labor).
Andrew:
Hence, a rising IRR based on profit *received* by the individual
firm does not permit us to conclude that the general rate of profit
in the economy rises. If indeed the later investors are getting
a higher IRR only because of superprofits, and in the absence of
superprofits their IRRs would be lower, then the general rate of
profit must be falling. (This follows from the notion that value
can only be redistributed, not altered in magnitude, in exchange.)
I, for one, can think of only 2 ways to ascertain whether the
higher IRRs of the later investors are masking a falling general
rate of profit:
(1) Directly calculate the general rate of profit. I would compute
it as r[t] = S[t]/K[t], where S is surplus-value and K is capital
advanced. Given the assumptions Duncan and I are working with, we
have S[t] = N[t] = No(d)^t. K[t] is given by K[t+1] = K[t] + I[t],
where I is investment, and I[t] = p[t+1]{F[t+1] - F[t]} =
(No/Xo)Fo(c-1)(d)^t. Doing these computations gives a falling rate
of profit as time goes on, given c > d.
Duncan:
I agree with this conclusion for the "general rate of profit", which we
seem to be defining as the profit of a given period divided by the
historical cost of the capital in existence in that period. For the
record, I get
GR$[t] = (Xo/Fo)(d-1)(1/((c-1)-(d^-t)(c-d))),
which clearly declines over time if c > d. This formula reproduces
Andrew's calculations in the Table below.
We can also calculate the "general rate of profit" with output as the
numeraire. For this I get:
(Xo/Fo)(b-1)(1/((c-1)+(b^-t)(b-c)))
which clearly rises over time if b > c > 1.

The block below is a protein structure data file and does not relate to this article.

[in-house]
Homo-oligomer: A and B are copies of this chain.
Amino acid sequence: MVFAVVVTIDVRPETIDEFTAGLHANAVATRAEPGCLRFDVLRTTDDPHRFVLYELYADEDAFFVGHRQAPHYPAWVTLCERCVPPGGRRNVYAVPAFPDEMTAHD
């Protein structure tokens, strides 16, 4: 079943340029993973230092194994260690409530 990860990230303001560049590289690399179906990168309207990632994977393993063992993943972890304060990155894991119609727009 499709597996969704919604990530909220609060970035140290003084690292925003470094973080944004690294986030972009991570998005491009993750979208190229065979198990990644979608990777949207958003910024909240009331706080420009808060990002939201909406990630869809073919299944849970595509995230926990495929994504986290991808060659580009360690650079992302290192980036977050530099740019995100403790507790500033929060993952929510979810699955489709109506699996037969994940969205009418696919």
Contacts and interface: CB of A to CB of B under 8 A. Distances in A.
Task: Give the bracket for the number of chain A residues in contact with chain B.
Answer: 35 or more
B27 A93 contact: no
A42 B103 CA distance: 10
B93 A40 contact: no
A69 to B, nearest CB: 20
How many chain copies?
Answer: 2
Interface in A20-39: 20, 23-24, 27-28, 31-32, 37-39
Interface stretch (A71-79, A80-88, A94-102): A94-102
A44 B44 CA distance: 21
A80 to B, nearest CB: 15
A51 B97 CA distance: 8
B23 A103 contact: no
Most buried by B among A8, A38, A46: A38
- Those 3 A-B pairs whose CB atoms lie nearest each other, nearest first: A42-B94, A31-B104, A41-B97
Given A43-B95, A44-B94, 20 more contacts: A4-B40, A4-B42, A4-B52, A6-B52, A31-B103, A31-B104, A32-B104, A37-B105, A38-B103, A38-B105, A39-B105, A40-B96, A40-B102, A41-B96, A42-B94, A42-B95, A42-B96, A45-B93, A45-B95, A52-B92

Andrew:
This way of approaching things if what started the discussion,
however, because it is not at all obvious that the surplus-value of
one period, divided by the historical value of capital, is a relevant
profit rate. It certainly does not look like the IRR, the latter
being widely used and accepted in the real financial and business
world.
Duncan:
I think this is the crux of the matter. We might observe that the "general
rate of profit" for every vintage of factory declines in this scenario,
since each factory continues to produce the same output and prices are
constantly falling. We might also observe that this is quite common in
real capitalist economies, whenever a capitalist invests in producing a
product that is anticipated to fall in money value over time. As a result
the internal rate of return turns out to depend most heavily on the
returns in the first periods of operation of the facility, and capitalists
horizons appear to be "short" in these markets, quite reasonably, given
the anticipated fall in the price of the output.
Here some of Jerry's questions about the appropriateness of the
assumptions in this model are of interest. If the capital had any finite
fixed lifetime, it would eventually depreciate and go off the books, which
would keep the "general rate of profit" closer to the anticipated IRR.
(Dumenil and Levy calculate the IRR for the US economy in "Economics of
the Profit Rate" precisely to check how large a bias this effect might
introduce, and it turns out to be small.) Furthermore, if the workers did
have to be paid some real wage, even a very small one, the older factories
would eventually be closed because they couldn't cover their variable
costs represented by the wage bill, so this would also limit the degree to
which the "general rate of profit" would diverge from the IRR.
(Andrew then presents an alternative, equivalent method of calculating the
general rate of profit in money terms. I agree with his conclusion that
the two methods, at least in this setting, are equivalent, and won't copy
this part of his posting.)
Andrew:
I'm not sure I understand Duncan's question about the scenario I
assume in computing the IRR by using returns generated instead of
returns received (correcting Andrew's typo: DKF). I'll